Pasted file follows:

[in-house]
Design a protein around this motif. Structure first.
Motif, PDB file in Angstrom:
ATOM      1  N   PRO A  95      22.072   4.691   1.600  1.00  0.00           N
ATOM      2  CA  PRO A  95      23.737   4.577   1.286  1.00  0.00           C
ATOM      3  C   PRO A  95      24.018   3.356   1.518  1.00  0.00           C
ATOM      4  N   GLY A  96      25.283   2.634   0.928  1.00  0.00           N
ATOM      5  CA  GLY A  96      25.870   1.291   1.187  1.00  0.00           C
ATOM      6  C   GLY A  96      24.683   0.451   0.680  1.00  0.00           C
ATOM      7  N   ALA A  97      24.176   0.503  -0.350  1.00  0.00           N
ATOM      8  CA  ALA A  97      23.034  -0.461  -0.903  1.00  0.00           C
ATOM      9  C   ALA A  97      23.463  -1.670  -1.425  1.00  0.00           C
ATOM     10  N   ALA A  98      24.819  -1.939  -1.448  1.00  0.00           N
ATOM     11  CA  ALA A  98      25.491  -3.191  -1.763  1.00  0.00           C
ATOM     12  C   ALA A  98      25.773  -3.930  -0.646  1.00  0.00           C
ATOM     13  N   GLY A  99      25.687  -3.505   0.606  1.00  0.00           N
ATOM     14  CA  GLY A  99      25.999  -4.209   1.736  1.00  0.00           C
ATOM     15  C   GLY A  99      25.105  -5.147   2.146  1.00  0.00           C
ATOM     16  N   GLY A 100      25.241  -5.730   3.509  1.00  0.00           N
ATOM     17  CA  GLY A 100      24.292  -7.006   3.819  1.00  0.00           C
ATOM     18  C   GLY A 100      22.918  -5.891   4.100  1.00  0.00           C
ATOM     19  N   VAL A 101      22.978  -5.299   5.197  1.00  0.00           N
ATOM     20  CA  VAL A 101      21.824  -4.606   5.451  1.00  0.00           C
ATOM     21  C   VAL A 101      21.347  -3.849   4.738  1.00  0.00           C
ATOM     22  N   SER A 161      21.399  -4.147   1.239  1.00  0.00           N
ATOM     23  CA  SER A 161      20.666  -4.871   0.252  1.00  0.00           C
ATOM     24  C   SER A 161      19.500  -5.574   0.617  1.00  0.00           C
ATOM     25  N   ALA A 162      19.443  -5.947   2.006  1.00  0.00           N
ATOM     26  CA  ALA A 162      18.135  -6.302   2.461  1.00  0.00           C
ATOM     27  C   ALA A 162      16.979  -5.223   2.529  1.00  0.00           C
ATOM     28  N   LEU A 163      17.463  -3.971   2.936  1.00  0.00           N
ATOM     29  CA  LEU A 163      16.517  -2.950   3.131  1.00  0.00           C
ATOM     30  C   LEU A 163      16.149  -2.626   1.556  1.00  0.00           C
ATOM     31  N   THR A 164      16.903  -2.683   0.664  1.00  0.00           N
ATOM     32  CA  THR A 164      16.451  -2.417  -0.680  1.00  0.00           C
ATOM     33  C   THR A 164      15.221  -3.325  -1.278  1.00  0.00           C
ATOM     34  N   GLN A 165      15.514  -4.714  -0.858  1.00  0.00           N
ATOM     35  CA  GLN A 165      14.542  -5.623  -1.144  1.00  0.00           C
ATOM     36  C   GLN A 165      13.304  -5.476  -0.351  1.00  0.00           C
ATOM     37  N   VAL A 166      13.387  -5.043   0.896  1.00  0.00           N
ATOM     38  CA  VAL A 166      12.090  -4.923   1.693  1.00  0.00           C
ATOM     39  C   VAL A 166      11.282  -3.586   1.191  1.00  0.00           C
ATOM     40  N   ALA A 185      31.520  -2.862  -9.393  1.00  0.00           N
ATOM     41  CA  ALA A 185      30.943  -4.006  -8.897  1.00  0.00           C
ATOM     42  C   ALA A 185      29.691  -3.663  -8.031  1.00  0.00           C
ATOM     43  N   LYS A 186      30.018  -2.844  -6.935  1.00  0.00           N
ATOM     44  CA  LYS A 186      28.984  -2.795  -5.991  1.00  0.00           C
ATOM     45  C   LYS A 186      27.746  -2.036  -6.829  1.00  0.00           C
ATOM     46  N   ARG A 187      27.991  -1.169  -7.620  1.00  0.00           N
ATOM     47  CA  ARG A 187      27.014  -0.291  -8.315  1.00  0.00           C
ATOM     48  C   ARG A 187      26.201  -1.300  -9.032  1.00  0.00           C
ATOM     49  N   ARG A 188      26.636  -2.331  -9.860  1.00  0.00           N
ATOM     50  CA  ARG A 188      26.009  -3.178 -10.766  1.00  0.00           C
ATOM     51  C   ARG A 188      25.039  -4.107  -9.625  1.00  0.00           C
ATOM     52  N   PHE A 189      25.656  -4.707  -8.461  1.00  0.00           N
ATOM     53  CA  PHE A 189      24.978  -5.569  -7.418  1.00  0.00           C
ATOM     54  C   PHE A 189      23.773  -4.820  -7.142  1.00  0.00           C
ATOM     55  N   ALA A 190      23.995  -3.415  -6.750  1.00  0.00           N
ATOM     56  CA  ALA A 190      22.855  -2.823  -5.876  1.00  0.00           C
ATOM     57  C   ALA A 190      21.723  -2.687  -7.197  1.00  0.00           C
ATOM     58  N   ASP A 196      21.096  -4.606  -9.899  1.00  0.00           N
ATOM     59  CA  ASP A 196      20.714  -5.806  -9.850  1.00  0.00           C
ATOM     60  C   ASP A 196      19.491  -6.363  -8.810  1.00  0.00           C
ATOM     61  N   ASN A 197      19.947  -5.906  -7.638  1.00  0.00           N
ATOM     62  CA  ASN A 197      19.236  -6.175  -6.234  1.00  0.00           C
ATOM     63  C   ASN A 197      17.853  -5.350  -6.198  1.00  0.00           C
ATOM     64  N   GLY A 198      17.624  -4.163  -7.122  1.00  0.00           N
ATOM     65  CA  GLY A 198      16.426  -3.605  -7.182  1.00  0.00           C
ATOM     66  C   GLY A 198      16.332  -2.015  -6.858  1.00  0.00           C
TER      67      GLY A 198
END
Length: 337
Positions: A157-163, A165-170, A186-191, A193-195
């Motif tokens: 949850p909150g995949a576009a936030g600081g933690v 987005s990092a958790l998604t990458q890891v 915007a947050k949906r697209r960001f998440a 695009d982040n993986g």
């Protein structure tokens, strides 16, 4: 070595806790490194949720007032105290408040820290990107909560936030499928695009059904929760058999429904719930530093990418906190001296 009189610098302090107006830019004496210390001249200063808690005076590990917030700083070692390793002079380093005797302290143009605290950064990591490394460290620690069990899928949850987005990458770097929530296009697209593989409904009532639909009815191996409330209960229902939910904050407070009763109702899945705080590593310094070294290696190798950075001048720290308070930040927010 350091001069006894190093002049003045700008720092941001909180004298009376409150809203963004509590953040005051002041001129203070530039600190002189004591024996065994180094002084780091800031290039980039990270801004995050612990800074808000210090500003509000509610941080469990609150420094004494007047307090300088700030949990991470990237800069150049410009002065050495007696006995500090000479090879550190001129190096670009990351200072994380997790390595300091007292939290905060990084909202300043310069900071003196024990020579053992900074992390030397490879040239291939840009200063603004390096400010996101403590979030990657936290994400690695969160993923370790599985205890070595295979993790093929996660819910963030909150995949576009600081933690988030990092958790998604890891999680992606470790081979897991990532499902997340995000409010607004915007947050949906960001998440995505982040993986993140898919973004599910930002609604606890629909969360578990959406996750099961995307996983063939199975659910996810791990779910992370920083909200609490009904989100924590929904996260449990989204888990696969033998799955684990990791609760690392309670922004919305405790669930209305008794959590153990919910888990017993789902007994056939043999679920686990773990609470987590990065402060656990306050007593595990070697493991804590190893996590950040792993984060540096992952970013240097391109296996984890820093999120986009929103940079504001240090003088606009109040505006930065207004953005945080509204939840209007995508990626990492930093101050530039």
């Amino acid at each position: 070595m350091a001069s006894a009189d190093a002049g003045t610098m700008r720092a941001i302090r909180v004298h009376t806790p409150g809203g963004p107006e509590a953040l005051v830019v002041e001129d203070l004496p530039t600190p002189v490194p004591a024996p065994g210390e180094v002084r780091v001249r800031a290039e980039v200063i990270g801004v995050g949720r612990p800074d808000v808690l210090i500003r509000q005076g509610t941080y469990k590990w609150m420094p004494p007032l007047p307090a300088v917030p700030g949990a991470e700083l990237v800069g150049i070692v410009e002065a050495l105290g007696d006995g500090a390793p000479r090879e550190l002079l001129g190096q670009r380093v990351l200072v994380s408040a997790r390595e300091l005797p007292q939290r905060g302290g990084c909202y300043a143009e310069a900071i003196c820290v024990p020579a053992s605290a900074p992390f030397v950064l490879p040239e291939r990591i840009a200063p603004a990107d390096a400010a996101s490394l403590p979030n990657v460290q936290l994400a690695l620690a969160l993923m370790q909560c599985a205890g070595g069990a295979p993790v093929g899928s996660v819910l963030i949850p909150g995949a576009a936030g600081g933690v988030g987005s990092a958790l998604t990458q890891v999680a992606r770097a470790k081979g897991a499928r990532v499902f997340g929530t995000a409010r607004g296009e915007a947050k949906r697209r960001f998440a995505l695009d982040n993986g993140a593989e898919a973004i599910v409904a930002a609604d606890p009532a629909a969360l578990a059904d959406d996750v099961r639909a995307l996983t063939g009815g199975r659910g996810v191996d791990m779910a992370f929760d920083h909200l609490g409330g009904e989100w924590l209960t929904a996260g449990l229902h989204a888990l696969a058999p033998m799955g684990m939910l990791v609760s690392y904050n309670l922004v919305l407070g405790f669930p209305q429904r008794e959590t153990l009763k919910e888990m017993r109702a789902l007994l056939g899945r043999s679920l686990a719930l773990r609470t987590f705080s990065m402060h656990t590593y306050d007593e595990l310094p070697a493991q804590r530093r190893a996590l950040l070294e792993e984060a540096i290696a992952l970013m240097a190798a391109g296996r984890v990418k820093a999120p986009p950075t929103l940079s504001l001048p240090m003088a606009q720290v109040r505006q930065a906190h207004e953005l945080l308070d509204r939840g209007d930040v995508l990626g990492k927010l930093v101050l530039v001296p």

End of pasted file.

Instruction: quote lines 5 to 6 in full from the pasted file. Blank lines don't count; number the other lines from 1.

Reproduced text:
ATOM      2  CA  PRO A  95      23.737   4.577   1.286  1.00  0.00           C
ATOM      3  C   PRO A  95      24.018   3.356   1.518  1.00  0.00           C